Shin Splints – or Something Else?
Written by Joe Ekhoff, Head AT, Mountain Vista High School
Lower leg pain is a common problem plaguing many athletic training rooms this spring. I know I have my fair share of athletes coming in complaining of “shin splints.” Shin splints is often a catch-all term used to describe a broader range of potential injuries. There are a number of injuries that present themselves in very similar ways and are often hard for athletes to differentiate on their own. Go see your athletic trainer. We may be able to tell you if your lower leg pain is just “shin splints” or exertional compartment syndrome, stress fractures/reactions, or tendonitis.
Medial tibial stress syndrome (MTSS), or “shin splints,” is the most common of the overuse lower leg injuries. It is characterized by pain in the front part of the lower leg that worsens with activity. MTSS occurs when the muscle and bone tissue of the lower leg become overworked by repetitive activity. A key differentiating factor in MTSS is that it is more of a diffuse pain with no point any more tender than the rest, usually covering over a third of the tibia. With stretching, strengthening, icing, and modification of activity, MTSS usually resolves fairly quickly.
Stress fractures or stress reactions occur when repetitive microtrauma to the bone causes excessive stress, preventing the bone from rebuilding properly. Athletes often present with pain on the bone while running. The difference between stress fractures and MTSS is there is one specific point of tenderness and pain over the bone. This is an injury that requires physician referral. X-rays may not show any abnormalities, so often MRI and bone scans are necessary. If an athlete has a stress fracture, they must stop activity and are often placed in a boot. Non-impact cross-training may be performed if it does not cause pain. Most athletes complete a return to sport program 6-8 weeks later.
Chronic exertional compartment syndrome (CECS) is a lesser known injury to the lower leg that can be debilitating to athletes. During exercise increased blood flow to working muscles of the lower leg expand. If the fascia surrounding the compartment does not allow the swelling to occur, pressure builds up in the compartment. This pressure can cut off some of the muscle’s blood supply. This results in the athlete having pain and numbness in the lower leg. Most athletes with CECS report that at a certain point in activity, pain occurs and becomes progressively worse, often to the point of needing to cease activity. Once activity is stopped symptoms often resolve quickly. The only way to diagnose CECS is by measuring the pressure of the compartments in the lower leg. To do this the athlete must go to a specialist. To measure the pressure, needles are inserted into the compartments at rest, immediately following activity, and at rest. Conservative treatment for CECS include stretching, strengthening, massage, and modification to the athlete’s running form.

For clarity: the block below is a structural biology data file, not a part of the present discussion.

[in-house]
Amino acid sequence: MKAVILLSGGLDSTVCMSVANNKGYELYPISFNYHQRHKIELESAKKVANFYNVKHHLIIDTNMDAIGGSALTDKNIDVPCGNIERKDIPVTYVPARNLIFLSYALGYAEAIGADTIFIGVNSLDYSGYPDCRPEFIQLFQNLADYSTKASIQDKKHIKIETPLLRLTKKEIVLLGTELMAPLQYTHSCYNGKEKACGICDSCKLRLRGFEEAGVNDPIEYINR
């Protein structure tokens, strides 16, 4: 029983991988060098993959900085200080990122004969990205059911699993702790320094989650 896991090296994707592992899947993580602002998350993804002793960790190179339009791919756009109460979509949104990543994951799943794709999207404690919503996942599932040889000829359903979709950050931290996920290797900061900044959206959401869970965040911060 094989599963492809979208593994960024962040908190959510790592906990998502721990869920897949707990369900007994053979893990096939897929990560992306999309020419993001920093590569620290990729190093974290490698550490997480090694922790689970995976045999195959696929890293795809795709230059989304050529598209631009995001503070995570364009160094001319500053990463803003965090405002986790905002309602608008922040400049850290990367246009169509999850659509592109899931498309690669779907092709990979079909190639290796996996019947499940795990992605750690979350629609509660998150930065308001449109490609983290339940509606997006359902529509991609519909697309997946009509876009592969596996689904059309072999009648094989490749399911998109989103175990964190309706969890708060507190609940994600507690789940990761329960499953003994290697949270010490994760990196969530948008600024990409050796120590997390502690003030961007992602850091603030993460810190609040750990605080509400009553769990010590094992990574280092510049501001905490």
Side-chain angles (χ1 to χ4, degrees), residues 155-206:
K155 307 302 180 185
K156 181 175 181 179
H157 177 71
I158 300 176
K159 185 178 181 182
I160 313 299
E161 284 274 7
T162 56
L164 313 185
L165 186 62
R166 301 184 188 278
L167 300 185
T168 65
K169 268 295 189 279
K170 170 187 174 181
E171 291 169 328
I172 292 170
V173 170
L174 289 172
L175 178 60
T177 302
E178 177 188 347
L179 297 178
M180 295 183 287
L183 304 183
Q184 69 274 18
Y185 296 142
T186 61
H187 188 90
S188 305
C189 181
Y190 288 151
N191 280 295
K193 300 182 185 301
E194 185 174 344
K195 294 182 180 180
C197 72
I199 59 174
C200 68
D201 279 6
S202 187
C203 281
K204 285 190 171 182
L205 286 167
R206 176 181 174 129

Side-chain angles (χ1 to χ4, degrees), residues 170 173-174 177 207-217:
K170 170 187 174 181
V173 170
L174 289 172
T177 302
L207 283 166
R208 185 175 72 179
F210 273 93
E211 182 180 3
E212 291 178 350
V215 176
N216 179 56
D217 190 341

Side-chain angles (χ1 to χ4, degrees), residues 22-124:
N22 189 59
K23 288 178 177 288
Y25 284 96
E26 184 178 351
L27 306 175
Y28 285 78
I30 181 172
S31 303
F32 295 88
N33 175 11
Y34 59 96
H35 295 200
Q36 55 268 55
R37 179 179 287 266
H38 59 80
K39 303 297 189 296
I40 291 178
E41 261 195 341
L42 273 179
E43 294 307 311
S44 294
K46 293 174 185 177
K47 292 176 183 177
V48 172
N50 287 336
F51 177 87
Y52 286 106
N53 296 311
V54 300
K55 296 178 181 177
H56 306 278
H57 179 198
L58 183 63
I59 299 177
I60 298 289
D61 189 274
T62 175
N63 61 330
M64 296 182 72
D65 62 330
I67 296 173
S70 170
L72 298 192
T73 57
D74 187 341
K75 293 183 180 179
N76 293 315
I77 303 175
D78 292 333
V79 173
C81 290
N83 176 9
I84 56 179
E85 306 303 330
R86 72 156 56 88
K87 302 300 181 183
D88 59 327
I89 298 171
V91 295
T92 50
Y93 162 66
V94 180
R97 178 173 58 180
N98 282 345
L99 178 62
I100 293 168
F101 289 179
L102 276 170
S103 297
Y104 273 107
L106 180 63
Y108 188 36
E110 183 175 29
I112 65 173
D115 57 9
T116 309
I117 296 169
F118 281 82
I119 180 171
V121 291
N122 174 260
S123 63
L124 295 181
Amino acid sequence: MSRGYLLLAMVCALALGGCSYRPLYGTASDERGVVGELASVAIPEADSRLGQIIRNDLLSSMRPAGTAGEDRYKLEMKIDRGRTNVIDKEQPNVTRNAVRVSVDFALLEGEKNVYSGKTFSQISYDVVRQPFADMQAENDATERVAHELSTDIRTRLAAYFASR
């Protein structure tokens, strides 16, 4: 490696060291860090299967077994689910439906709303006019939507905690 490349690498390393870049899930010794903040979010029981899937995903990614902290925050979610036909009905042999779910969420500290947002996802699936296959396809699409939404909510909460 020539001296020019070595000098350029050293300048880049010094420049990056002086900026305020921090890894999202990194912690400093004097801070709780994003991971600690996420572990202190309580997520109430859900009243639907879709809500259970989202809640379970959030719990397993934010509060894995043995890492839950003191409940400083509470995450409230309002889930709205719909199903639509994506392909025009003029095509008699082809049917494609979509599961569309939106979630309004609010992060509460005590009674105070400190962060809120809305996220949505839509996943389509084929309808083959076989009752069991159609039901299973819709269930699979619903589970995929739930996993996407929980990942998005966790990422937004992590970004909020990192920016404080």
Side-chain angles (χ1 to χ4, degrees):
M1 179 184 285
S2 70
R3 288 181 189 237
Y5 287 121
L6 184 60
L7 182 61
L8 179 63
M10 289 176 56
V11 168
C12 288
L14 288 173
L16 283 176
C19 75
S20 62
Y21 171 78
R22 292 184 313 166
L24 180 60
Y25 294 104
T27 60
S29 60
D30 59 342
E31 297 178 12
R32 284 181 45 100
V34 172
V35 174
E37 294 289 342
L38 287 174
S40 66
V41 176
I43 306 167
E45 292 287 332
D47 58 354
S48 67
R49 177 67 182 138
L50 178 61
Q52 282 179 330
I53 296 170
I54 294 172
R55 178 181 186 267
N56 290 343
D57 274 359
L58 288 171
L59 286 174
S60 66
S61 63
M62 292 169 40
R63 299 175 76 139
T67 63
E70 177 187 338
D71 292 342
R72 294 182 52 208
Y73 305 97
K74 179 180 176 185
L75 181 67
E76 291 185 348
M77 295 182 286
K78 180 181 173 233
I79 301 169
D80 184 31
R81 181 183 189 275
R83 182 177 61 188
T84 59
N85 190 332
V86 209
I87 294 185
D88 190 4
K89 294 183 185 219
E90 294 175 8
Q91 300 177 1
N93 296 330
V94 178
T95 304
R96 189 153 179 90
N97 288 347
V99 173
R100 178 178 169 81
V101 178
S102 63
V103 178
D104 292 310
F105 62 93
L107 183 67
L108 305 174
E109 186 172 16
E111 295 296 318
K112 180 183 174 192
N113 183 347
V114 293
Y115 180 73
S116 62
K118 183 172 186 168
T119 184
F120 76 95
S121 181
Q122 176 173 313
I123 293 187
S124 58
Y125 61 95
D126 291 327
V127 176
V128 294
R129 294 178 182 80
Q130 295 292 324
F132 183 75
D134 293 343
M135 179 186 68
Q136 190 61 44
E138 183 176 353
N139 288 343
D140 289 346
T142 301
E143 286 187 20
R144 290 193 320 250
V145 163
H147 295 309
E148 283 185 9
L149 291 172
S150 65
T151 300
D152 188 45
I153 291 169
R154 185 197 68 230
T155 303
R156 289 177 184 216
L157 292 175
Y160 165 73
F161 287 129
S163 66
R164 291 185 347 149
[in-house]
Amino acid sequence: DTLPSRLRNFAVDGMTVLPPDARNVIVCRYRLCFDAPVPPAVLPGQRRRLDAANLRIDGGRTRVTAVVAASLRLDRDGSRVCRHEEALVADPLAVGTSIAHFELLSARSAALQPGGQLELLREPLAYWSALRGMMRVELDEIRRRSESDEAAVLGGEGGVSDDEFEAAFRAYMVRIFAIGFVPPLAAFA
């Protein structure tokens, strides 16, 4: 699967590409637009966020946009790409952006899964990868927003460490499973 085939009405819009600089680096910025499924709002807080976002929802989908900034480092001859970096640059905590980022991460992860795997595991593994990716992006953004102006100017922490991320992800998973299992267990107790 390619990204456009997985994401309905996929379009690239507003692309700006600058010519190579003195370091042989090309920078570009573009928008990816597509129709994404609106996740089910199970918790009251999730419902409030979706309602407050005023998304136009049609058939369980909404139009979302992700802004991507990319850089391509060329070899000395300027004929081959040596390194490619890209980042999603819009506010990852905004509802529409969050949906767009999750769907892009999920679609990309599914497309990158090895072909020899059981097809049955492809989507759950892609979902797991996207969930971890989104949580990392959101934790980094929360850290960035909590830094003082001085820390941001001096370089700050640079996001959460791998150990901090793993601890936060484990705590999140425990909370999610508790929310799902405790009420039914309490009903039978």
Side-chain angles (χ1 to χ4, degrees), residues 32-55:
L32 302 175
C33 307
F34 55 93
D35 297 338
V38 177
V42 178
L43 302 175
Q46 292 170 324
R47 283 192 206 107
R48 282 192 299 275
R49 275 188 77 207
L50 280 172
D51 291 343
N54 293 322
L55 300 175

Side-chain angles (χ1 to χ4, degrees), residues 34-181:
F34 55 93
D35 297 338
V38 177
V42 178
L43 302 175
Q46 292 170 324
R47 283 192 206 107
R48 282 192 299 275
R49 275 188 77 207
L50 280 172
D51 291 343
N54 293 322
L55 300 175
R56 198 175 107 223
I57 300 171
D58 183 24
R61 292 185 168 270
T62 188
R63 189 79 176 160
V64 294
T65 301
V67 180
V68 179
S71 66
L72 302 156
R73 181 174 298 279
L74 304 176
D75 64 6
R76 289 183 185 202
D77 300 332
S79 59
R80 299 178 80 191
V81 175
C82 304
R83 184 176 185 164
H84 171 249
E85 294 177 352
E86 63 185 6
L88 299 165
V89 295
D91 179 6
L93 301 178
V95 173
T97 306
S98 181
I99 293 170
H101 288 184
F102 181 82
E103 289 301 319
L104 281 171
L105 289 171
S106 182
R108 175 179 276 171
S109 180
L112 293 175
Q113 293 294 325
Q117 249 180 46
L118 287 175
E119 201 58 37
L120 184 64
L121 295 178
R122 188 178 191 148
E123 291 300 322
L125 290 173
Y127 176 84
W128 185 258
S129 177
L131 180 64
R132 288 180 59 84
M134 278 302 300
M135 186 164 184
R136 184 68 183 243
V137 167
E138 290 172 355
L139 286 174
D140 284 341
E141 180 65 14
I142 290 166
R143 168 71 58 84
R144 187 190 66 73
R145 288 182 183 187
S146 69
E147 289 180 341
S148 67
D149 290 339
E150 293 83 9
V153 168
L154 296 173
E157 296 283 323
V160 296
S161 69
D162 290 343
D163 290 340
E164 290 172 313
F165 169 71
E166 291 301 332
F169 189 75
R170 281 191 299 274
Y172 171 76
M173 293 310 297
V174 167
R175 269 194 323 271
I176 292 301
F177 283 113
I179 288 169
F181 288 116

The lower leg is made up of many muscles that provide movement, stability, and proprioception to the foot and ankle. Common sites of tendinitis are the posterior tibialis, peroneals, and Achilles. Tendonitis of the posterior tibialis is the most likely to mimic MTSS. Inflammation of this tendon causes pain when the muscle is stretched and contracted. Overpronation, when the inside of the foot collapses inward toward the ground while standing, is a common stressor to the posterior tibialis tendon. Modification of activity intensity, stretching, strengthening, and orthotics help reduce the pain of the tendinitis.
Keep these other injuries in mind as you are out participating in your sport!
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